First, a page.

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Supreme Court rules Congress has power to resolve state, local mail order sales tax issue.

In a two-part decision the U.S. Supreme Court paved the way for Congress to resolve the issue of "whether, when, and to what extent" the states may require out of state mail order vendors to collect sales taxes.

Over the course of the past two decades, the refusal of mail order vendors to collect and remit use taxes has resulted in state and municipal governments losing millions of dollars in uncollected revenues. Although NLC repeatedly urged Congress to clarify and affirm the authority of state and municipal taxing authorities under the Commerce Clause, Congress has refrained from taking action, arguing that the Supreme Court was the appropriate forum to resolve municipal and state use tax concerns.

The Court's ruling in Quill has stripped the Congress of any rationale for refusing to address and resolve the ability of taxing authorities to require out-of-state vendors to collect and remit use taxes.

The justices unanimously ruled last Tuesday in Quill Corporation v. North Dakota, that the Constitution's Due Process Clause does not bar enforcement of a state's use tax against an out-of-state vendor "engaged in continuous and widespread solicitation of business within a state...irrespective of a corporation's lack of physical presence in the taxing state."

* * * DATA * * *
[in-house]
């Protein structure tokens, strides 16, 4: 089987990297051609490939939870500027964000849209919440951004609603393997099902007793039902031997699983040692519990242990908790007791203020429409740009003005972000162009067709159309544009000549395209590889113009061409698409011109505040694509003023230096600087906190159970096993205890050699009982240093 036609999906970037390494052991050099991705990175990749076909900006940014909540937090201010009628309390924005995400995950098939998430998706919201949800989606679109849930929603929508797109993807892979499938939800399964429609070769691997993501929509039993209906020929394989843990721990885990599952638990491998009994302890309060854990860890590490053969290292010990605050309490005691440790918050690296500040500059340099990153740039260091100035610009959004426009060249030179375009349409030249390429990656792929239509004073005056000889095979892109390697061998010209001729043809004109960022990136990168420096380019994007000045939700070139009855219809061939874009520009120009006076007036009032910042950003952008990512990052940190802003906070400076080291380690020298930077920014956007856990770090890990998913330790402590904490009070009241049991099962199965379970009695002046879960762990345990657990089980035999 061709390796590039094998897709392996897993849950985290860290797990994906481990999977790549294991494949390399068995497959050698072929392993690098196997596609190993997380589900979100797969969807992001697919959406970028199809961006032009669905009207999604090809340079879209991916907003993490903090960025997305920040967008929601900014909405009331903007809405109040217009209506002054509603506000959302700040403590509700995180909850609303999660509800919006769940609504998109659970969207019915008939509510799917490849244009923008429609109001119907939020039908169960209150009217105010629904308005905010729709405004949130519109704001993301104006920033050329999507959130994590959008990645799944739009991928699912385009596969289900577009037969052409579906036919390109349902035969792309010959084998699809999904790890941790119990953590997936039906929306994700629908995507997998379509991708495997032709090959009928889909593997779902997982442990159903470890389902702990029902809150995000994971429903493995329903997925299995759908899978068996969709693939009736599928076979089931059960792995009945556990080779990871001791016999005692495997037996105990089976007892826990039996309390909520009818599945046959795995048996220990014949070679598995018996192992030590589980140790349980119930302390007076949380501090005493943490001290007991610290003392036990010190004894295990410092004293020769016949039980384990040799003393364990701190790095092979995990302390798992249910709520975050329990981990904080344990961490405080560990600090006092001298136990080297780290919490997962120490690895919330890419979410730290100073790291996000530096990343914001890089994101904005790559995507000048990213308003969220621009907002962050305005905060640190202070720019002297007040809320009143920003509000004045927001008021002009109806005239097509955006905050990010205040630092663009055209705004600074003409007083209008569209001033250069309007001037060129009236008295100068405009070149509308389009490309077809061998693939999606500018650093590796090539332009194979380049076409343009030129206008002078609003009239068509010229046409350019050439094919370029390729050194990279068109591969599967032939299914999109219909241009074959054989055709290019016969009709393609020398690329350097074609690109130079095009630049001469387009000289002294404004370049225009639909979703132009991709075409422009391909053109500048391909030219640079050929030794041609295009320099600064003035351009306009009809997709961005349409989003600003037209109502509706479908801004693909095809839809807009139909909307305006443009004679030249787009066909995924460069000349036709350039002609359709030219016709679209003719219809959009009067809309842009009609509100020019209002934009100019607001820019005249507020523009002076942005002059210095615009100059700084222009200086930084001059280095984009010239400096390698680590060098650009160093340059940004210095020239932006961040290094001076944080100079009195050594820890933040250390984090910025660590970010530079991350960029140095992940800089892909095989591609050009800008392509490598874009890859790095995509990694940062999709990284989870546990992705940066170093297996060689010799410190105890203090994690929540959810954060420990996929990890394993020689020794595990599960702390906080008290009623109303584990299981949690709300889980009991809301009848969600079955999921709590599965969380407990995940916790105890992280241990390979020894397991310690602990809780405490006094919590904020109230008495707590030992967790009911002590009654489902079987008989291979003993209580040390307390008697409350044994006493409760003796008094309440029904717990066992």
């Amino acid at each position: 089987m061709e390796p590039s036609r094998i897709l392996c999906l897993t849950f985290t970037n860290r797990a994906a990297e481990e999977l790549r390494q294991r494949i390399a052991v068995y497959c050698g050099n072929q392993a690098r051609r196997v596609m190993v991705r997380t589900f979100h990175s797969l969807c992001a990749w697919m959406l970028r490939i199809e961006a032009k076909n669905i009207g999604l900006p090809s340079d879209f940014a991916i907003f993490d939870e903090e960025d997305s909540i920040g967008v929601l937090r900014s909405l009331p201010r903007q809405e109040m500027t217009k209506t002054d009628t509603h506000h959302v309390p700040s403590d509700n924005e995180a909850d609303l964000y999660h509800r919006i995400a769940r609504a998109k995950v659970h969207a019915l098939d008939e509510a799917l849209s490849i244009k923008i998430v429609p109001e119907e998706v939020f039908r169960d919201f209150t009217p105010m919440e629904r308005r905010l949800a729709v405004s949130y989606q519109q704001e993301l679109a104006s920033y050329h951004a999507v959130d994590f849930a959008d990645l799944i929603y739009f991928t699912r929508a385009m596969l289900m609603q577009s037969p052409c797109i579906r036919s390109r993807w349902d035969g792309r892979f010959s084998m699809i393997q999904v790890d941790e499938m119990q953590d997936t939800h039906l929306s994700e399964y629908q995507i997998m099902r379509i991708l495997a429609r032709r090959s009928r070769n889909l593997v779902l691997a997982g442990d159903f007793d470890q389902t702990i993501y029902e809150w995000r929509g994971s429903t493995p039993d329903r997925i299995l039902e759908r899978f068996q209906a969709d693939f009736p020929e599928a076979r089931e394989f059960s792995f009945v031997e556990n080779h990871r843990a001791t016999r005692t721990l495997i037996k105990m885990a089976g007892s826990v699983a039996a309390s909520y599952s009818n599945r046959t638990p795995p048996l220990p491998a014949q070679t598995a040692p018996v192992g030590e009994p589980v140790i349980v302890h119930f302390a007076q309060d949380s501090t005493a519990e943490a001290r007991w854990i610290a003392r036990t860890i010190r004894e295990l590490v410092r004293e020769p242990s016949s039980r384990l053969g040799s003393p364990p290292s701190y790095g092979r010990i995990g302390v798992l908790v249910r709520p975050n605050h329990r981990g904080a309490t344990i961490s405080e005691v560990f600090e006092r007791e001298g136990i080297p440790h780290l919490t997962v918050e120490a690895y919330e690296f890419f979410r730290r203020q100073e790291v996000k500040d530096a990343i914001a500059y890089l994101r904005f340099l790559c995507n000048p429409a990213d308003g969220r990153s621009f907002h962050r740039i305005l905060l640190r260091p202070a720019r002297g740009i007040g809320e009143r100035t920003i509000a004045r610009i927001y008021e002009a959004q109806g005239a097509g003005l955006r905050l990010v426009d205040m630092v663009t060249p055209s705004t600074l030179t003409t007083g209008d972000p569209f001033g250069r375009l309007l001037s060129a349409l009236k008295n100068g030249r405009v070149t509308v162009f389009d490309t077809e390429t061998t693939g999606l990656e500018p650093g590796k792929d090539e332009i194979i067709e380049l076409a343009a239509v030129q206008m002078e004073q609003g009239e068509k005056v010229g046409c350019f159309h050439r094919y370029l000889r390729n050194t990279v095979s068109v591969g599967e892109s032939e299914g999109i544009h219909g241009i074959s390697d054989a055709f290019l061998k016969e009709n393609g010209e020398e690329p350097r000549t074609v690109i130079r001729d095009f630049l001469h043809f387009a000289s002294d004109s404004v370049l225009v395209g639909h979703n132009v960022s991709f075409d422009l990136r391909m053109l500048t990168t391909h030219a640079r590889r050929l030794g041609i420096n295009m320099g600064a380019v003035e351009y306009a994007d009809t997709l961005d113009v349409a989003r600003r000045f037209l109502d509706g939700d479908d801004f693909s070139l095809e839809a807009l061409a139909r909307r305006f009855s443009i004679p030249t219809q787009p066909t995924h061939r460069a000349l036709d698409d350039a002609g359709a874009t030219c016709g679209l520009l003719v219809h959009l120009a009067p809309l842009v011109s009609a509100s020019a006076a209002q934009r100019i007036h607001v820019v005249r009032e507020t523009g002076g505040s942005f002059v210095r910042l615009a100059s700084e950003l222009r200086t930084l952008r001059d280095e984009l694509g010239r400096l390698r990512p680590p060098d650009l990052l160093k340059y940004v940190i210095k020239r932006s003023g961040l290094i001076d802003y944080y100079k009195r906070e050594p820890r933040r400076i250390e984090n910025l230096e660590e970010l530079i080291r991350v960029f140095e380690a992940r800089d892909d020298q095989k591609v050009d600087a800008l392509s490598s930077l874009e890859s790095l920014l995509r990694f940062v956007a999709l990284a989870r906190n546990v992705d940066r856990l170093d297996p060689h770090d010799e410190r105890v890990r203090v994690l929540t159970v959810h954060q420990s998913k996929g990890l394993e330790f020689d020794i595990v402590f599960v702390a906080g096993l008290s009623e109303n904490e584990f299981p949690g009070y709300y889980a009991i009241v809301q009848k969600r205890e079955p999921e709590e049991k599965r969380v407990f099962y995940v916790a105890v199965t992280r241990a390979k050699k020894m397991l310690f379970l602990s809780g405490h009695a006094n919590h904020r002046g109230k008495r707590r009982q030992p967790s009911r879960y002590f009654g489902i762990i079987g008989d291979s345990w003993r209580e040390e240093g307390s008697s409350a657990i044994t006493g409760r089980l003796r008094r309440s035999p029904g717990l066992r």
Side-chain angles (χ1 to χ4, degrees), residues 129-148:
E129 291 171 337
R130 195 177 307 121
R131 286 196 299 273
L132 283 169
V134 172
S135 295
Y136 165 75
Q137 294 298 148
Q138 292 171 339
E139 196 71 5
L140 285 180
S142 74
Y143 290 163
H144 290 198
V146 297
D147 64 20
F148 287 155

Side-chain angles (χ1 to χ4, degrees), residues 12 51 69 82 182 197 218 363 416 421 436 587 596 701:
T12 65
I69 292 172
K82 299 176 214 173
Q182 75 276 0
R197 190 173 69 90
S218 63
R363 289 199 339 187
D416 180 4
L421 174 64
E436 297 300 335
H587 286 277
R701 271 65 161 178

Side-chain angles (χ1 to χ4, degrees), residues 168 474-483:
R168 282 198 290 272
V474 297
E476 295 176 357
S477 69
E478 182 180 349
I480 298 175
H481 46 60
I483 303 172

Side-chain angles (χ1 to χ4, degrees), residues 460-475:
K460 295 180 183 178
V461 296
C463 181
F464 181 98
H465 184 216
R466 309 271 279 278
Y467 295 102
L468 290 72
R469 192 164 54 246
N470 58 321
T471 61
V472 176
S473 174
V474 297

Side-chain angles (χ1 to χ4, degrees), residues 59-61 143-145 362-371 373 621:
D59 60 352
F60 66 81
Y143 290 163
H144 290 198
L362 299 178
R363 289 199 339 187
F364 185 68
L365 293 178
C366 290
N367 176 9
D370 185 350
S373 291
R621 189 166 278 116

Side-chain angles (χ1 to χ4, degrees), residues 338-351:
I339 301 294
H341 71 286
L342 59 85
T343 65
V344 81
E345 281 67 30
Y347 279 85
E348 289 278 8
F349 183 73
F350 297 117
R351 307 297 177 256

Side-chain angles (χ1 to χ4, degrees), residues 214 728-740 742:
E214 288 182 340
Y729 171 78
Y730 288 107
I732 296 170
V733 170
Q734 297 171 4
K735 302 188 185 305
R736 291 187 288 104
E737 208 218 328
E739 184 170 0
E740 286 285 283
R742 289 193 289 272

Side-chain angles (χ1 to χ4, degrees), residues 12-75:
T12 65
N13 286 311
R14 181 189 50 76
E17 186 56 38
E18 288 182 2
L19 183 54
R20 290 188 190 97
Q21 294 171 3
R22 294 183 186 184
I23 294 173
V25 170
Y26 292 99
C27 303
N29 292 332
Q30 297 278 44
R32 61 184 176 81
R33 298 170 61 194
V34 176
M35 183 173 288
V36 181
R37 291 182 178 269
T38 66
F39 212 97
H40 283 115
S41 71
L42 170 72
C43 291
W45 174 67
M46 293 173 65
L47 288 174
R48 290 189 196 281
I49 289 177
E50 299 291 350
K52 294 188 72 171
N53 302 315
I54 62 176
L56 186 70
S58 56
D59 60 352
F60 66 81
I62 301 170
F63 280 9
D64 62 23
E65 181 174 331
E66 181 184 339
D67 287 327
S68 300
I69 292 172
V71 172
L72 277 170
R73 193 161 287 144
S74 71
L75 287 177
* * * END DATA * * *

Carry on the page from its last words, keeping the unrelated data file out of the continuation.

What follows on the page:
The High Court affirmed in an 8 to 1 ruling the bright-line, physical presence requirement enunciated in National Bellas Hess, Inc. v. Department of Revenue of Illinois and concluded that the state tax collection requirement imposes an unconstitutional burden on interstate commerce. In so ruling, however, the Court noted that whether a use tax imposes an impermissible burden on interstate commerce is "not only (an issue) that Congress may be better qualified to resolve, but also one that Congress has the ultimate power to resolve."

The case arose out of a North Dakota Supreme Court ruling that upheld the state use tax collection requirement while concluding that "wholesale changes" in both the economy and the law made it inappropriate to follow Bellas Hess today.

NLC, through the State and Local Legal Center had filed an amicus brief asking the Supreme Court to grant certiorari and in support of the state of North Dakota once certiorari was granted.
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Author:Herber, Kate
Publication:Nation's Cities Weekly
Date:Jun 1, 1992
Words:361
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